Before going any further, I want you to consider the following question. In your sport, what percentage of success is derived through natural talent and how much is derived through practice, training and skill development?
Chances are, the way you answered this question in your mind revealed a lot about your mindset as a trainer or a coach, and how you believe success is achieved in sport and in life.
Athletes that believe that a skill can be developed and honed through consistent training, evaluation, and practice, exhibit what is called a ‘Growth Mindset’. Conversely, athletes that prescribe to the idea that talent is the chief determinant of success and see their skill-set as a fixed-asset, exhibit what is called a ‘Fixed Mindset’.
That is not to say that a fixed mindset is inherently bad, rather it is that the ‘real world’ is such a dynamic and changing place, that long-term success, in life, and in sport, requires the use of a Growth Mindset. It’s entirely up to you to develop a growth mindset with your athletes, both at the very beginning of their athletic career and in the middle. The key word here is the preposition “with”. Develop a mindset with your athletes, not in your athletes. “With” implies that you are a team and that this mindset is something that binds you together, united towards the same goal.
There are many ways to establish and develop that mindset to make sure your athletes never plateau or regress, and even if they do, they know that it’s a time to work harder rather than a time to give up.
1. Learn About Your Athletes’ Background
Establishing the right mindset begins at the beginning of the coach-athlete relationship. Finding out where your athletes come from, what motivates and drives them and how they grew up will assist you in finding ways to get them to train harder and focus more.
2. Set Goals Together
As mentioned before, you might be their coach but you need to show your athletes that you are still teammates, working towards the same goal…them winning. Ensuring that regular goal setting is a part of the deal is an easy way to keep athletes focused on learning, as well as keeping egos in check. After all, we set goals in order to address our weaknesses. Make it abundantly clear that their win is your win, their goals are your goals and their success is your success.
3. Eliminate Distractions
Take 5 minutes before each training session and just talk to your athletes. Make sure nothing is troubling them, remove any distractions and help them focus on getting work done. Their mind should be clear before they even start warming up. You are there to make that happen.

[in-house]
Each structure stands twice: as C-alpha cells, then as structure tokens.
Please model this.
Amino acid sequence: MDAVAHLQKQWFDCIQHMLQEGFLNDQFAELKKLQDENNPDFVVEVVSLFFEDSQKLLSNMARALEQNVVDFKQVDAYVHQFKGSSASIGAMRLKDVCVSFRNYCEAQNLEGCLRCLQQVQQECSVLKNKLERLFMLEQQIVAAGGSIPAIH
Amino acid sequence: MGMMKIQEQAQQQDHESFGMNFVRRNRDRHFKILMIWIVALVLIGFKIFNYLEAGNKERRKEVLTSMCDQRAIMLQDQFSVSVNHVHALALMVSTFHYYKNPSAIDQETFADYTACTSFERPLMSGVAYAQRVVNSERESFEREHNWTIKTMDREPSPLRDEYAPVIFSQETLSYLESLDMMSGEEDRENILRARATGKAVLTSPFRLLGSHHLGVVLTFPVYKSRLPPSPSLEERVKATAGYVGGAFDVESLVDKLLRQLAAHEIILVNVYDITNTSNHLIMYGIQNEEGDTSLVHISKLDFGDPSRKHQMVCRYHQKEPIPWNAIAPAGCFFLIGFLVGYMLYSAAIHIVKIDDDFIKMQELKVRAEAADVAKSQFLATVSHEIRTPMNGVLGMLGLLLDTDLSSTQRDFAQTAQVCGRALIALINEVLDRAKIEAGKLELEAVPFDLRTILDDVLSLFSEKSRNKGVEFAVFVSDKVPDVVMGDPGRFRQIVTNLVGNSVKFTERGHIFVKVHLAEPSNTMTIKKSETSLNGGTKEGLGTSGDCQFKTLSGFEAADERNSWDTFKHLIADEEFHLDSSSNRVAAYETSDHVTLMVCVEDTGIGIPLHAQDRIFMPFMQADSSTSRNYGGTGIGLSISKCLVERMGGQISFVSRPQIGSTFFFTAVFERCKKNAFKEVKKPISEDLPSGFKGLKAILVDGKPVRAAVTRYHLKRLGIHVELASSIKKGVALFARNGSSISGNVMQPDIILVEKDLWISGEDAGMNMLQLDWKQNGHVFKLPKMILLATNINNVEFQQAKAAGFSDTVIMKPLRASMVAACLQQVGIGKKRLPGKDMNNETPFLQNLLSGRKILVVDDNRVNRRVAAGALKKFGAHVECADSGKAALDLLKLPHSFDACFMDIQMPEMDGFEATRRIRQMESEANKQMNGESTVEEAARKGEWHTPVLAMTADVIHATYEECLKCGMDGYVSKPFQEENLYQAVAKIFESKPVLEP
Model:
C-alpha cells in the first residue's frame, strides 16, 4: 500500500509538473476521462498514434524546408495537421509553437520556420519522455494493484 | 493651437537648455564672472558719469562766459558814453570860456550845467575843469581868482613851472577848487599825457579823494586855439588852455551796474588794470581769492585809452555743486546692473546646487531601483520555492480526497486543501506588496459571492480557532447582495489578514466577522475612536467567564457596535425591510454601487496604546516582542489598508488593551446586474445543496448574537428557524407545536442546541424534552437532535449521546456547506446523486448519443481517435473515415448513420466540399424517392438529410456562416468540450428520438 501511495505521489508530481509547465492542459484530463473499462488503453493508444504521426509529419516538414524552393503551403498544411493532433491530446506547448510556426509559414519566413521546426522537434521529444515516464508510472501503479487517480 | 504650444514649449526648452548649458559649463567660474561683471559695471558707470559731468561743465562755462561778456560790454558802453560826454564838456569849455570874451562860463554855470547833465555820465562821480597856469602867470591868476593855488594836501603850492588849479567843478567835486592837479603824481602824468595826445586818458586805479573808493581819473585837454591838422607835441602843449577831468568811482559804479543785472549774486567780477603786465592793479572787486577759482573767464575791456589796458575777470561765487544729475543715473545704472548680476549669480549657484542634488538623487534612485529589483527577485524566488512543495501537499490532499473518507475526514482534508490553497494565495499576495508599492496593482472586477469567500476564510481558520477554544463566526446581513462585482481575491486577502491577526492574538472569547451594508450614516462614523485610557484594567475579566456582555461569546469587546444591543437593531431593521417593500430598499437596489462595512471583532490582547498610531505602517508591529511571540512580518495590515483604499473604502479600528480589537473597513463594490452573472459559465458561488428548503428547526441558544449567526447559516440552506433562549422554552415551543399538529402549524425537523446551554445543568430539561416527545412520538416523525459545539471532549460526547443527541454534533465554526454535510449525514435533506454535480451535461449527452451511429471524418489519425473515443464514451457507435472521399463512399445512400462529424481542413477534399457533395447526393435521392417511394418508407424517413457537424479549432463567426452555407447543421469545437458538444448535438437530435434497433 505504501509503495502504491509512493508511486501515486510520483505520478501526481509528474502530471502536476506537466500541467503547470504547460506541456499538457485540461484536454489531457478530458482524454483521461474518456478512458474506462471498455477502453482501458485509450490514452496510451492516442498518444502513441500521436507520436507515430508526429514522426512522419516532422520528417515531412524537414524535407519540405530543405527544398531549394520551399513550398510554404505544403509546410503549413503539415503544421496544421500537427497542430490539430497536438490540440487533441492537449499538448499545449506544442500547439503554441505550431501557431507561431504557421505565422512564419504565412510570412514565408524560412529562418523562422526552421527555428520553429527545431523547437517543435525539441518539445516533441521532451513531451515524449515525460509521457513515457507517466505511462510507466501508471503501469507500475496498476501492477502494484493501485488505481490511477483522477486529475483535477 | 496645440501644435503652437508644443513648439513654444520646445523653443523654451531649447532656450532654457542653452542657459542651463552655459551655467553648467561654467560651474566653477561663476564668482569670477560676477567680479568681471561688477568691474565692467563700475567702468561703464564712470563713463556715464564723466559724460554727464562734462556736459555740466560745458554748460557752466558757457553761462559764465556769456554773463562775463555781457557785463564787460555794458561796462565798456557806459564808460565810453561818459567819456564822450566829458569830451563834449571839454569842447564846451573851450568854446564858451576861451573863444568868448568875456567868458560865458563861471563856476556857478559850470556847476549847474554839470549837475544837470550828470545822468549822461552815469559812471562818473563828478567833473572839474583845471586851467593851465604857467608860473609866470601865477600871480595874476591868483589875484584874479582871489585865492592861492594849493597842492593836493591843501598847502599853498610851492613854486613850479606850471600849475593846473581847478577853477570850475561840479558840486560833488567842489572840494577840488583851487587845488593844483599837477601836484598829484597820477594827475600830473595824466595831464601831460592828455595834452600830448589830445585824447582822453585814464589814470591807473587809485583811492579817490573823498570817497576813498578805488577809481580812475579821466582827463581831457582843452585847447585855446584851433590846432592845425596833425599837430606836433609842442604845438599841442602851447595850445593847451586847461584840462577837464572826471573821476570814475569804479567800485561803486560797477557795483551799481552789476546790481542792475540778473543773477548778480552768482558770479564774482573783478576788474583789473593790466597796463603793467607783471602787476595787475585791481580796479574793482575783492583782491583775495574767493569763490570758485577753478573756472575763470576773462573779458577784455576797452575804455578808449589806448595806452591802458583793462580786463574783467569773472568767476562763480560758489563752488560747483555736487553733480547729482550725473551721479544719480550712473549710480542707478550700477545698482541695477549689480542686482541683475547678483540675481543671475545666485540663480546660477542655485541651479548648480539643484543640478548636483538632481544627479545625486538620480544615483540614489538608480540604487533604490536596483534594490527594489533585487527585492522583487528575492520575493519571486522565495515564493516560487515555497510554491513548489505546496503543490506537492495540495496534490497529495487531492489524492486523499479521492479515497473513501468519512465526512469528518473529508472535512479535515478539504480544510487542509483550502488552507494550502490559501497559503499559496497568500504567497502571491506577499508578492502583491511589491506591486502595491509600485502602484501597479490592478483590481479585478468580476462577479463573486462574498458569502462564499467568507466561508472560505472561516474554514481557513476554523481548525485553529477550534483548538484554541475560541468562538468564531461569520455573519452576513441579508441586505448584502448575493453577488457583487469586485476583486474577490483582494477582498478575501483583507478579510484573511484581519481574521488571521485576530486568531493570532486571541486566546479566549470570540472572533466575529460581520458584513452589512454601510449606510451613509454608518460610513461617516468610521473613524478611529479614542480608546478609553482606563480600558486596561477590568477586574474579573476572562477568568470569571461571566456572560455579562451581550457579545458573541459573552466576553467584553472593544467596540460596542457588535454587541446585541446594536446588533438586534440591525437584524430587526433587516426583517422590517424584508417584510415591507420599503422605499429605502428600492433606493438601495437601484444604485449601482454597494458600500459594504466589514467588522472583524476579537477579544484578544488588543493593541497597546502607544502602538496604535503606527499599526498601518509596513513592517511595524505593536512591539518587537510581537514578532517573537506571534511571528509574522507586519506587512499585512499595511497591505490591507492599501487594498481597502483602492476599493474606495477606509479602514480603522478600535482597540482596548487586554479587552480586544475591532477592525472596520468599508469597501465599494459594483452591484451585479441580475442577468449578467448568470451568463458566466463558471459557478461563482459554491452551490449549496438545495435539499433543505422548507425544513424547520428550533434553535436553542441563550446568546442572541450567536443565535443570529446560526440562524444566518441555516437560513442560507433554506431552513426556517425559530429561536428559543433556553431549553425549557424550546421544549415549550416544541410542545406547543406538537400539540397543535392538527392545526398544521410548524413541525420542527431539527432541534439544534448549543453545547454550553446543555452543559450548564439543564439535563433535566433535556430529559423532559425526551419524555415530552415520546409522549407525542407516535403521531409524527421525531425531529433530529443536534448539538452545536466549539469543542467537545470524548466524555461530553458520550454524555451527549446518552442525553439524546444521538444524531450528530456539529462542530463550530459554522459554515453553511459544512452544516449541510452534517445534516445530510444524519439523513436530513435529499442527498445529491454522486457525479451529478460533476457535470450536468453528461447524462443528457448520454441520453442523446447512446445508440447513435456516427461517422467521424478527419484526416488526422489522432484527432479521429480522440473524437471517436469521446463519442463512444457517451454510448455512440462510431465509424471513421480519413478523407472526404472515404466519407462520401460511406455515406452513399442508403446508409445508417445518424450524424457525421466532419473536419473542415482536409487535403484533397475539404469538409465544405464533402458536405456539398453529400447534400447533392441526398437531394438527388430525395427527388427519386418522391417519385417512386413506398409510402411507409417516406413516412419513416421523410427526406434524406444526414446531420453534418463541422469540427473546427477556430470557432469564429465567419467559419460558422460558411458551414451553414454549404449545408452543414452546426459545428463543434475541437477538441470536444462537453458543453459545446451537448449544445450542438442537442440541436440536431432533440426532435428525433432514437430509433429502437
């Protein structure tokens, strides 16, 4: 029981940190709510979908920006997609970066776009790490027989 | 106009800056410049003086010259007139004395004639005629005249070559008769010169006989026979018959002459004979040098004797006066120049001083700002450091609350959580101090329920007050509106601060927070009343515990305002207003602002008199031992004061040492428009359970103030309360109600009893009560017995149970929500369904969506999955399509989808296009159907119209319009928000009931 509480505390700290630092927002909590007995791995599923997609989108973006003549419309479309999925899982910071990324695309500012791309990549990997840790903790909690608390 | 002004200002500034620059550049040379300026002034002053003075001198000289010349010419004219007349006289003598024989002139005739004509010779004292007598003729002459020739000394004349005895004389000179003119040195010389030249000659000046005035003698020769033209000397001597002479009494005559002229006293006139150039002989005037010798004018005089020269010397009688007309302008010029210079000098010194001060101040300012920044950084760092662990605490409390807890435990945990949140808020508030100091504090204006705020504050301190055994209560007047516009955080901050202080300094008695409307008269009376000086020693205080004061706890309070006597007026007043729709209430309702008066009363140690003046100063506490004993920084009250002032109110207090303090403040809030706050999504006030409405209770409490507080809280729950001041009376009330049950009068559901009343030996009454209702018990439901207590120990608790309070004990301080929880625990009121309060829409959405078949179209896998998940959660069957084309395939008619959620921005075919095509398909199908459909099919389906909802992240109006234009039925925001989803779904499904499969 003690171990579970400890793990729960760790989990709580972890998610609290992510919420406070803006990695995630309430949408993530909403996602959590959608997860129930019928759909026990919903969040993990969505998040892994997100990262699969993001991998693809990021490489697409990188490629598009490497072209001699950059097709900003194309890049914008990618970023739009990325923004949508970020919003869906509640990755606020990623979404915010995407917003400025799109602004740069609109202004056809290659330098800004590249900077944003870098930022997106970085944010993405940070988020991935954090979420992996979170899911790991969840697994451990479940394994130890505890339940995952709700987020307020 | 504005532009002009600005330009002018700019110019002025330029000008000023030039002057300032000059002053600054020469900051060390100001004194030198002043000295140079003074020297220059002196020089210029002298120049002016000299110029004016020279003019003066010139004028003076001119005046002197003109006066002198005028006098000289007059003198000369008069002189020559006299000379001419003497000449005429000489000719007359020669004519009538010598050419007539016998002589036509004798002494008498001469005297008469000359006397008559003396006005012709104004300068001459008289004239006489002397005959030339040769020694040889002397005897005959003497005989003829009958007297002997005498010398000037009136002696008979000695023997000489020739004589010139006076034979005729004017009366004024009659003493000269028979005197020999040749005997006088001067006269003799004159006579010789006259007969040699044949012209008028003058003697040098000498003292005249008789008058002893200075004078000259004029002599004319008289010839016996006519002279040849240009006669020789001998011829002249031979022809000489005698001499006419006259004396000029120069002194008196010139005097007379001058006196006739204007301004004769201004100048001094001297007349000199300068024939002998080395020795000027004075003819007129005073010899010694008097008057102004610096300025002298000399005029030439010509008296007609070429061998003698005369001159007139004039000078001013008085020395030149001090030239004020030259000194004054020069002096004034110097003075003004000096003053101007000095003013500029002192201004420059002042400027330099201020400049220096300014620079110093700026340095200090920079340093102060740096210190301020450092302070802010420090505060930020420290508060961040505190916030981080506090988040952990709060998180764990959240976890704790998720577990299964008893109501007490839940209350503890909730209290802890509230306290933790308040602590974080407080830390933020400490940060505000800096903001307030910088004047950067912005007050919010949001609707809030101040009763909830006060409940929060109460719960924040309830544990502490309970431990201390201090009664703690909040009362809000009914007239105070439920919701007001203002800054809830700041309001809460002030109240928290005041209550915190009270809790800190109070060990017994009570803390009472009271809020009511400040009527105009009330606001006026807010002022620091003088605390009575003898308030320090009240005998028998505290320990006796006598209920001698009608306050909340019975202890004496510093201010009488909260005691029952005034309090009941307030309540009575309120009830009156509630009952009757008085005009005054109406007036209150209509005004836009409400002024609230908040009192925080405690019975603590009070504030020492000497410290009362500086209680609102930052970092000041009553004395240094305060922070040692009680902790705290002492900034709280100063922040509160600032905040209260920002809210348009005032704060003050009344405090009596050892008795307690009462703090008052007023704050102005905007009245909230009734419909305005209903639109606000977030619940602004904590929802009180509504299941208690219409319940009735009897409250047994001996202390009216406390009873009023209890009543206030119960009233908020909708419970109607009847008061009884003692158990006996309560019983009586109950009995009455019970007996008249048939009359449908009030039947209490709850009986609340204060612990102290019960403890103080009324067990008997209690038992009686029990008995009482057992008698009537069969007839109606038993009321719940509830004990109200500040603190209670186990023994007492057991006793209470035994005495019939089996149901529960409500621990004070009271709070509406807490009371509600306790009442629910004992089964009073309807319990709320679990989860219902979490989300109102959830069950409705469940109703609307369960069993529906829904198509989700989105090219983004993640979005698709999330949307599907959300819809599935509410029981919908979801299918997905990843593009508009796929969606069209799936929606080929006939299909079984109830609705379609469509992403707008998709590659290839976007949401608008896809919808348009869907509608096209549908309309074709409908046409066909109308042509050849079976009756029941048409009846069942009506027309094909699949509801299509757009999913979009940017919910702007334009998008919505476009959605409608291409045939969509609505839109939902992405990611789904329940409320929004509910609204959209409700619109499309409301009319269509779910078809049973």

The training area should be a place where athletes go and relive the stress of everyday life. A safe zone where they can let it out and improve their mind and body. Chris Gronkowski comments: "When I go to the gym I forget about everything that’s going on in life. It’s like a second home where I can let off a little steam."
4. Use Proper Training Cues
During the training sessions, you need to help your athletes let everything out and push themselves to be the best by using proper cues at appropriate times. The old trick of telling them ONE MORE over and over again when they are at their limit is a smart way to turn six reps into seven, and seven reps into eight, constantly surpassing their own limits. Every single set on every single exercise should be a new cycle of EXPLODE-GRIND-LOCK IT IN.
By yelling “explode” at the beginning of the set, the athlete knows it’s time to start strong and adopts the proper attitude for the entire set. Midway through the set, you want your athletes to keep grinding in order to maintain performance and motivation. Finally, when the set is drawing to an end it’s not the time to lose focus and intensity but rather a time to lock it in and finish strong. Properly utilizing these cues will maximize the athlete’s efficiency throughout the entire session.
Scott Herman, trainer and coach of numerous athletes, when asked about his favorite quote to infuse into his athletes’ mind, had this one to offer:
“The only thing keeping me going, is not stopping" – Scott Herman
5. Use Praise Effectively
Praise will make or break your coaching. When you praise athletes, they listen carefully, and unknowingly, they are acting on cues you give them. Praise that reflects values like effort, focus, and determination, that is very specific and concise, will help you to foster a growth mindset. Praise that is vague (like “good job”) and that reflects values like intelligence and talent will create a fixed mindset in your athletes. In other words, use praise to reward actions, not traits.
6. Always Be Early To Training
Set the right example and NEVER be late for a single training session. If you don’t bother to be punctual, why should they? Being late should always result in some form of punishment like laps, push-ups or pull-ups, generally something that your athlete hates. This will create the mental cue that being late is inexcusable.
Establishing the right mindset with your athletes always comes down to developing the right relationship with them which should be one of teamwork, unity and trust. When an athlete trusts their coach, they are more likely to reach their goals and develop a growth mindset along the way. As a coach you should be able to carry across the message that it is not about winning or losing, succeeding or failing. It’s all about realizing that every training session, performance, or experience, represents an opportunity for growth and development. Winning is just a secondary benefit of the growth process.
The question before every session, event or experience, for coach and athlete alike, has now become: “What can I learn from today?”
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